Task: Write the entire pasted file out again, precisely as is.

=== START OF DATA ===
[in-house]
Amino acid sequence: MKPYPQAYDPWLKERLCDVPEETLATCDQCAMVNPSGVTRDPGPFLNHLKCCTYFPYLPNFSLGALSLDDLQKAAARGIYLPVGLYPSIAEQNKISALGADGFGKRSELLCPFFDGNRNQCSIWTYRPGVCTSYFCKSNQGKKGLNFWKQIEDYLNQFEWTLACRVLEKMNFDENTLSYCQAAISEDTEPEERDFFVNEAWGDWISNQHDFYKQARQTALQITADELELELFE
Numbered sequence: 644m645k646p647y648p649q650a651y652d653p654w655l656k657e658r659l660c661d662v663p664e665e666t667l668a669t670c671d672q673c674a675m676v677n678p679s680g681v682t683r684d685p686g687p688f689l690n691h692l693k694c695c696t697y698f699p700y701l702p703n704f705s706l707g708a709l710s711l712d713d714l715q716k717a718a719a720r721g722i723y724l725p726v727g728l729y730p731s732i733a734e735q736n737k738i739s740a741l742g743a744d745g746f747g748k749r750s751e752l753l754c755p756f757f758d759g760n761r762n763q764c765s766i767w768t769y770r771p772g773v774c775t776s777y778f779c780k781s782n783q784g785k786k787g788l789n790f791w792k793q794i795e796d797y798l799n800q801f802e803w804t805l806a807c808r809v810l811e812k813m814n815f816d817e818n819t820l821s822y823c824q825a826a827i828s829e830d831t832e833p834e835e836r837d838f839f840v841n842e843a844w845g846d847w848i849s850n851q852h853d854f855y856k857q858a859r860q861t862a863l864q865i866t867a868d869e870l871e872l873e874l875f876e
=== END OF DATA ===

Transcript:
[in-house]
Amino acid sequence: MKPYPQAYDPWLKERLCDVPEETLATCDQCAMVNPSGVTRDPGPFLNHLKCCTYFPYLPNFSLGALSLDDLQKAAARGIYLPVGLYPSIAEQNKISALGADGFGKRSELLCPFFDGNRNQCSIWTYRPGVCTSYFCKSNQGKKGLNFWKQIEDYLNQFEWTLACRVLEKMNFDENTLSYCQAAISEDTEPEERDFFVNEAWGDWISNQHDFYKQARQTALQITADELELELFE
Numbered sequence: 644m645k646p647y648p649q650a651y652d653p654w655l656k657e658r659l660c661d662v663p664e665e666t667l668a669t670c671d672q673c674a675m676v677n678p679s680g681v682t683r684d685p686g687p688f689l690n691h692l693k694c695c696t697y698f699p700y701l702p703n704f705s706l707g708a709l710s711l712d713d714l715q716k717a718a719a720r721g722i723y724l725p726v727g728l729y730p731s732i733a734e735q736n737k738i739s740a741l742g743a744d745g746f747g748k749r750s751e752l753l754c755p756f757f758d759g760n761r762n763q764c765s766i767w768t769y770r771p772g773v774c775t776s777y778f779c780k781s782n783q784g785k786k787g788l789n790f791w792k793q794i795e796d797y798l799n800q801f802e803w804t805l806a807c808r809v810l811e812k813m814n815f816d817e818n819t820l821s822y823c824q825a826a827i828s829e830d831t832e833p834e835e836r837d838f839f840v841n842e843a844w845g846d847w848i849s850n851q852h853d854f855y856k857q858a859r860q861t862a863l864q865i866t867a868d869e870l871e872l873e874l875f876e